Backpacking and Bipolar II. Taking Manic Depression on tour.
#manicdepression #mania #overspending #creditcards #debt #denial #bipolarbum #mentalillness
Firstly – Go spread the word about http://www.headmeds.org, a new website designed to be a straight-talking, no bull platform that will hopefully get a lot of people diagnosed a lot earlier than we were.
Secondly, I have been struck with a wave of insomnia. Tonight one of the things that I’m pondering on is the notion of manic spending. In the self-diagnosis tests and in every description of manic depression there comes the bullet point that says “Over spending” or “Spending Spree”.
Where I lived in the U.K we are reknowned for being frugal; As we would say we are :
As tight as a duck’s arse in water.
I fit the stereotype and as a consequence I cannot imagine, let alone remember a time when I have blown all of my money by frittering it away on expensive luxuries. I can’t remember many spur of the moment shopping trips at all, actually.
I am guilty here of my thoughts getting off at the first intellectual bus stop. I am taking the most stereotypical and unimaginative translation of “Spending spree” and assuming that because I’m not guilty of that behaviour, that I have never been guilty of manic spending.
The nature of these events is that we, in undiagnosed mania, see them as extremely reasonable, well judged investments that the world then turned sour on us with unpredictable circumstances. We see the indulgences and financial blow-outs as a celebration of some kind, and therefore WORTH the money. We see a HUGE purchase as absolutely essential. We see forward as being the only direction, regardless of cost.
I can remember:
Spending more than two hundred pounds on a night out drinking in Leeds. Figures approaching this mark happened at least once a month in those days. I would buy round after round of shots (affectionately called “motherfuckers” for reasons known only to a manic drunkard and co).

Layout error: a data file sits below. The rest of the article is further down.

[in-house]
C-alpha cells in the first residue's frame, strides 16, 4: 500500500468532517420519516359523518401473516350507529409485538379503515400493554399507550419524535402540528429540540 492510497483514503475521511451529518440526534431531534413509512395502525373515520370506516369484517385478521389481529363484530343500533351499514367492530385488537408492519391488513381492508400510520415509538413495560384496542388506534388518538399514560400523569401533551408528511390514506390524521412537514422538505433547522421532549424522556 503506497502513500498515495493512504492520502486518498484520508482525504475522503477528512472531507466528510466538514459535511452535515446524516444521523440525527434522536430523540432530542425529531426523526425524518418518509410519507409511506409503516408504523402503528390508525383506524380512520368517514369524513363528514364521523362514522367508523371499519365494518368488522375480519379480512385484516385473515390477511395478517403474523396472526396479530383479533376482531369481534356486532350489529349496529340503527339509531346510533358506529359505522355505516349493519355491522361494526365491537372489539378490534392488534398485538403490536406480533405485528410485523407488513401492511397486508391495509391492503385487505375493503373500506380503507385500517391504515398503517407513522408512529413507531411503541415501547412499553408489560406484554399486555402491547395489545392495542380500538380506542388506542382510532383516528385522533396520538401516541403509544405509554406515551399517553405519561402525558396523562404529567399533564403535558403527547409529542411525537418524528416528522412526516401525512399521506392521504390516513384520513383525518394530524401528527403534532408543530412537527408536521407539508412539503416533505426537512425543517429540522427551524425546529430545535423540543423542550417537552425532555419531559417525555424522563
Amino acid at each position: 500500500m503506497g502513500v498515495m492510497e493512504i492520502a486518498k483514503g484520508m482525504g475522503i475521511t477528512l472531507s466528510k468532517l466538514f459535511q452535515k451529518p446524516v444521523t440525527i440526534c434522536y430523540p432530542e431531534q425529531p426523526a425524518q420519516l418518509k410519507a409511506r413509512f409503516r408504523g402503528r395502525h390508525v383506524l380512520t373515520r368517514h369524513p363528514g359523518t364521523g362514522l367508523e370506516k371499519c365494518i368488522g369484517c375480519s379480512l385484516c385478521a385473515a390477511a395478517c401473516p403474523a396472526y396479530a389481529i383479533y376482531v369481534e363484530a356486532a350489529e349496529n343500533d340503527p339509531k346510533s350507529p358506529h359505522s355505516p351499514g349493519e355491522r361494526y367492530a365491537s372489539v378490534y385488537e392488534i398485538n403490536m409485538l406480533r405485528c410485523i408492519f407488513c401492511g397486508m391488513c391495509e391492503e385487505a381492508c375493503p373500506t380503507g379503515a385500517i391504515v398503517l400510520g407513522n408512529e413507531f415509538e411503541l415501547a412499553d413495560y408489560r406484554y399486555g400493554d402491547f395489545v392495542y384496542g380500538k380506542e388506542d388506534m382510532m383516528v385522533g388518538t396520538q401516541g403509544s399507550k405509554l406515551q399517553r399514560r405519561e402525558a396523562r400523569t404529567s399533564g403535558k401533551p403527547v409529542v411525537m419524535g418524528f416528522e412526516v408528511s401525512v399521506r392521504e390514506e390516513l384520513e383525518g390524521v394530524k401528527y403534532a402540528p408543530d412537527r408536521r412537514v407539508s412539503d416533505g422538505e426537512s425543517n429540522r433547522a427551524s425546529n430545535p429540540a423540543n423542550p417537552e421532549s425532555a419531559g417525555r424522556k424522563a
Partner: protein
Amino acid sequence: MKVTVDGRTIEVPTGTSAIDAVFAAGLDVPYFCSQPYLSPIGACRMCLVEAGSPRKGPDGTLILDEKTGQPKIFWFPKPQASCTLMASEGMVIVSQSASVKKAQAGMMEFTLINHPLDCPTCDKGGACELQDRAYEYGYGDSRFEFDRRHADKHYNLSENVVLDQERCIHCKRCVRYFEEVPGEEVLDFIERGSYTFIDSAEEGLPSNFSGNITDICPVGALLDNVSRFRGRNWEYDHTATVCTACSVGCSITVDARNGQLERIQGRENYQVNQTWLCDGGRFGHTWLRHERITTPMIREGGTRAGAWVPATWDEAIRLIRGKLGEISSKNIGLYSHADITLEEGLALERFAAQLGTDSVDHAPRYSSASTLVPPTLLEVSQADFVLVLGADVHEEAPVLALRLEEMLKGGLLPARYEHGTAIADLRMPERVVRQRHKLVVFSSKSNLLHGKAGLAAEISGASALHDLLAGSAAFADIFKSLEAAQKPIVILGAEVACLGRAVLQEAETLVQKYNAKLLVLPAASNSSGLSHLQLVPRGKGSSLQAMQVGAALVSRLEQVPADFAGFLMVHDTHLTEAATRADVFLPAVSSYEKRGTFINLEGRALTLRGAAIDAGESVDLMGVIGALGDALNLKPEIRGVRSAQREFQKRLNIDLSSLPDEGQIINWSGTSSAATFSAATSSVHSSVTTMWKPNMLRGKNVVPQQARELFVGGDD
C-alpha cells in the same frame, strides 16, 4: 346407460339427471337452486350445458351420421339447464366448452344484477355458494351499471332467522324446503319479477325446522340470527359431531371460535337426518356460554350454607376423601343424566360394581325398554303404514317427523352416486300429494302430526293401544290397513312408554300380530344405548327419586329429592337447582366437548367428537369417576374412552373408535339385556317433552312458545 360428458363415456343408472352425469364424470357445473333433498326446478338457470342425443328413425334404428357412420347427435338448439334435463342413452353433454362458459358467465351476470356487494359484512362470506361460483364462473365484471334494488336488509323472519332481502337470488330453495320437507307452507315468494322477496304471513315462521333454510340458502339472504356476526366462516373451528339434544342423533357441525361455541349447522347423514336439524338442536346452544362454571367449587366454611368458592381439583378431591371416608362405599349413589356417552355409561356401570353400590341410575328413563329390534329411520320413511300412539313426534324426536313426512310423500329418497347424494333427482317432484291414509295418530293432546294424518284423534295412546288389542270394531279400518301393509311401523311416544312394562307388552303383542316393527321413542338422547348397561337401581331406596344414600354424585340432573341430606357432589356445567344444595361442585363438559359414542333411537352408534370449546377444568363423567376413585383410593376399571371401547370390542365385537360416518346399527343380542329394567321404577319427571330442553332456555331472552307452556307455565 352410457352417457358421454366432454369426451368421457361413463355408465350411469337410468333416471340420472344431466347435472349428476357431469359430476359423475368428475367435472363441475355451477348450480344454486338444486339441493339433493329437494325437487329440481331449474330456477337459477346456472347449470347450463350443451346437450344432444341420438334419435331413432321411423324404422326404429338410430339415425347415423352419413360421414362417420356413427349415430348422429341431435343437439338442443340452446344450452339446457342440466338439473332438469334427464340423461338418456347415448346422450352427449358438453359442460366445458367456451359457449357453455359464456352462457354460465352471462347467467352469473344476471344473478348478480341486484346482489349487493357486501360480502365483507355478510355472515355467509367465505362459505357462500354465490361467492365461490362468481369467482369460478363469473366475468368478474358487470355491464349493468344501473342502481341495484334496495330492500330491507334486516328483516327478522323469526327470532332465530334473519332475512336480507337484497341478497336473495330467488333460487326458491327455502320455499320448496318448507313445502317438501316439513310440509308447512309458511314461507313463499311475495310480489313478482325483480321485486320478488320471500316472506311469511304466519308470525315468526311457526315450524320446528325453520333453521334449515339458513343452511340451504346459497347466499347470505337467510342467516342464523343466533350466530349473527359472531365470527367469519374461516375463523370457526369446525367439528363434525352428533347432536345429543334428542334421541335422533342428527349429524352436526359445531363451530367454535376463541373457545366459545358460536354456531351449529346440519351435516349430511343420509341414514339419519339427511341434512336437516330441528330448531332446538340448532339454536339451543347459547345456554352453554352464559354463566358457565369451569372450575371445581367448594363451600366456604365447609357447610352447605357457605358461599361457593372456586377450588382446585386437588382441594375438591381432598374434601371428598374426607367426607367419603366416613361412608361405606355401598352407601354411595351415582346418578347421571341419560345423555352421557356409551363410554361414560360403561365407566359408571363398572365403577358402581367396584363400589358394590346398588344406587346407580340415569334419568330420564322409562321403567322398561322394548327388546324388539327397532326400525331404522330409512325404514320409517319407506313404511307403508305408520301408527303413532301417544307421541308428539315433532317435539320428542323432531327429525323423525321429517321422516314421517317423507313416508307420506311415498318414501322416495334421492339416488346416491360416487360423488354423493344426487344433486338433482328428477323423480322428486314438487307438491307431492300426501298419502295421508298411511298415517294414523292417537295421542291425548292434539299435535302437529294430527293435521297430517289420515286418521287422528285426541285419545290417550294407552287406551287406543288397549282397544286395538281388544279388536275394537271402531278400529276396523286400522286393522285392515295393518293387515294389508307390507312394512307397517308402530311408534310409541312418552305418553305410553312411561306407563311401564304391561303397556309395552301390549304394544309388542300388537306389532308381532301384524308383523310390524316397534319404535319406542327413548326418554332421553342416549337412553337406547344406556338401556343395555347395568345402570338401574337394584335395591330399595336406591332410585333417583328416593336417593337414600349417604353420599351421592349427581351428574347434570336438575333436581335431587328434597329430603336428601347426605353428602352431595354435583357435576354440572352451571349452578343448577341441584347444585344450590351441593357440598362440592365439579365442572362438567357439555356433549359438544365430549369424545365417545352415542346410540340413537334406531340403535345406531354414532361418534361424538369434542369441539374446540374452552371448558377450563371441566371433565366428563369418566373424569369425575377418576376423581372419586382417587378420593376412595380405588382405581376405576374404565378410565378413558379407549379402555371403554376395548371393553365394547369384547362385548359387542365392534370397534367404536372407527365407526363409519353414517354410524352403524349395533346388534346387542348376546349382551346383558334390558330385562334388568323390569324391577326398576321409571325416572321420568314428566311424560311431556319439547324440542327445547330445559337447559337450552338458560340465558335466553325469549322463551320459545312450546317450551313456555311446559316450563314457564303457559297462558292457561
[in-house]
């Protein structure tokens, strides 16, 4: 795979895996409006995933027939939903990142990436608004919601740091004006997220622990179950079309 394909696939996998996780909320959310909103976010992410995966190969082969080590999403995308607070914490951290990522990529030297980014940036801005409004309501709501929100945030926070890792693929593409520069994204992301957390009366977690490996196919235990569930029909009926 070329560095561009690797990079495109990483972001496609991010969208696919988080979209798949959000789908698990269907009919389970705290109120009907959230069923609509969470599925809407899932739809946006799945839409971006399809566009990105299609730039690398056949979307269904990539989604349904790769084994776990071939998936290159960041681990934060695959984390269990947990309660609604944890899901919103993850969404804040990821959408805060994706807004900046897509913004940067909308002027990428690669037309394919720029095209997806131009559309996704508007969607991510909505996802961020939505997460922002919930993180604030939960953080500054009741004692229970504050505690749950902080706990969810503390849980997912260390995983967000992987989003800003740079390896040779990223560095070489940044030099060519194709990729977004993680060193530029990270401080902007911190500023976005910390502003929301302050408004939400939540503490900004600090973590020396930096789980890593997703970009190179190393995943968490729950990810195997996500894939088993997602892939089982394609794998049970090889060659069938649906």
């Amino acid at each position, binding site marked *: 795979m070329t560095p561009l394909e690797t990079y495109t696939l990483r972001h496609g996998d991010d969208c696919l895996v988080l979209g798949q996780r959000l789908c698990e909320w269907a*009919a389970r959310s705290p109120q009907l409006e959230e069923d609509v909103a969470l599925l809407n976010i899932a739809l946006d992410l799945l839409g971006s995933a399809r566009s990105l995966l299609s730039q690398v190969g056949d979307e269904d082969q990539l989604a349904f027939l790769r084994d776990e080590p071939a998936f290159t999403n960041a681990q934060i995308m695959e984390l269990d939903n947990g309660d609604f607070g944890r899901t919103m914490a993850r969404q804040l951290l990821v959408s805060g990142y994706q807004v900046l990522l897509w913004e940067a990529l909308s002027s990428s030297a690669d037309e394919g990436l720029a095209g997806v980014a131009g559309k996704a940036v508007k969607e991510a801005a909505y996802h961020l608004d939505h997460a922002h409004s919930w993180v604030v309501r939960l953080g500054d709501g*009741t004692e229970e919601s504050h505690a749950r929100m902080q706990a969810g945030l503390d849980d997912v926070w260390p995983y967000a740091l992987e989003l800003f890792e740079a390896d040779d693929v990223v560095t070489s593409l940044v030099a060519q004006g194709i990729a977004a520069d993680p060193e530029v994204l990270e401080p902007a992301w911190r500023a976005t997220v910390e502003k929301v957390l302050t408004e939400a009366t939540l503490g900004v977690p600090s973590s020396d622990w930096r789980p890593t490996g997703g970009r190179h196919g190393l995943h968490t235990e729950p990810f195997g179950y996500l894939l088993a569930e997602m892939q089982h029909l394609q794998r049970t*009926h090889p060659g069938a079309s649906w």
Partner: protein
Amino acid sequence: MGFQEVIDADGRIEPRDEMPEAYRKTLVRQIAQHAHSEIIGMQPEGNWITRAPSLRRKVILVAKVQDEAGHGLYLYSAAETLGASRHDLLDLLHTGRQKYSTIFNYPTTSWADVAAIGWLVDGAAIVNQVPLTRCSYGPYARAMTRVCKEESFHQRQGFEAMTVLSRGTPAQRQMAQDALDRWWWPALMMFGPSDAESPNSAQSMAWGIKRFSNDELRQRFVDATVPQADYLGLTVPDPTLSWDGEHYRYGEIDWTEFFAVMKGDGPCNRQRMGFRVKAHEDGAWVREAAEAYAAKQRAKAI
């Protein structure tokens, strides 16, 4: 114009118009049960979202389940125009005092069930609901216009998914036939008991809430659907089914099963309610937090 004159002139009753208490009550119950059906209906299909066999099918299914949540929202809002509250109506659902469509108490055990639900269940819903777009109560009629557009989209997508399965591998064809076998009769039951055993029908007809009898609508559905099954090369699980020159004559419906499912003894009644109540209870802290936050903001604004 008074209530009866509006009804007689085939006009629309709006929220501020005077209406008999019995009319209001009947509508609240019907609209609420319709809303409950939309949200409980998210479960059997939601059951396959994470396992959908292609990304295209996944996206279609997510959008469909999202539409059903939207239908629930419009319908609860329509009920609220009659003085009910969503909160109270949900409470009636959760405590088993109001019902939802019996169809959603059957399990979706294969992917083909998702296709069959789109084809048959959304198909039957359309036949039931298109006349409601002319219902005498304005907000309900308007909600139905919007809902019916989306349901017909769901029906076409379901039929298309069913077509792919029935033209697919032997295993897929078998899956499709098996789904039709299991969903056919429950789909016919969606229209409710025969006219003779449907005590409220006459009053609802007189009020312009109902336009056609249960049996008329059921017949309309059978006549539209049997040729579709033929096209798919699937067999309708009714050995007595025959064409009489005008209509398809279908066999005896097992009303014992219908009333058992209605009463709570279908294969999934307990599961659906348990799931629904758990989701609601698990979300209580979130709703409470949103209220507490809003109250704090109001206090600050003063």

I spent all of my money on an impromptu motorcycle journey through France with two friends. At the time I believe this cost me just over one thousand three hundred pounds.
I lost roughly a third of my bodyweight in two months and then ‘needed’ an entire new wardrobe. My new svelt self needed garbs of every denomination and for every possible occasion IMMEDIATELY. This trip cost me almost six hundred pounds.
I decided to come to Australia and spent a third of all the money I had on flights, visa and various pieces of equipment which I am fairly sure will remain unused unless the eventuality of a zombie holocaust occurs while I am down under.
The issue here is not the amount of money spent. The issue isn’t that I had HUGE spending splurges. The issue is in fact the opposite. The biggest issue and strongest evidence that these were manic impulse spending sprees is the fact that I barely remember making the decisions. These do not even immediately spring to mind when I think of what I have spent and where. I decided they were necessary and a good idea in an instant, another instant saw the money fly out of my hands without a single thought following them. Out of wallet-out of mind.
I am freshly diagnosed and until tonight I had never thought that I had been guilty of manic spending. Even after my diagnosis I thought it was one of the obvious elements of bipolar that was notable by its absence in my case.
WRONG – DEAD WRONG.
Whilst assessing yourself and investing the possibility that you are ill – DO NOT allow your thoughts to get off at the first mental bus stop. Rigorously and logically investigate your recent history for large amounts of money exiting your control. Were these things TRULY necessary?
What do you have to show for your money? What is the worst spending spree you’ve ever done? What strategies do you have in place to avoid manic over spending? I want to hear from you.
All the best,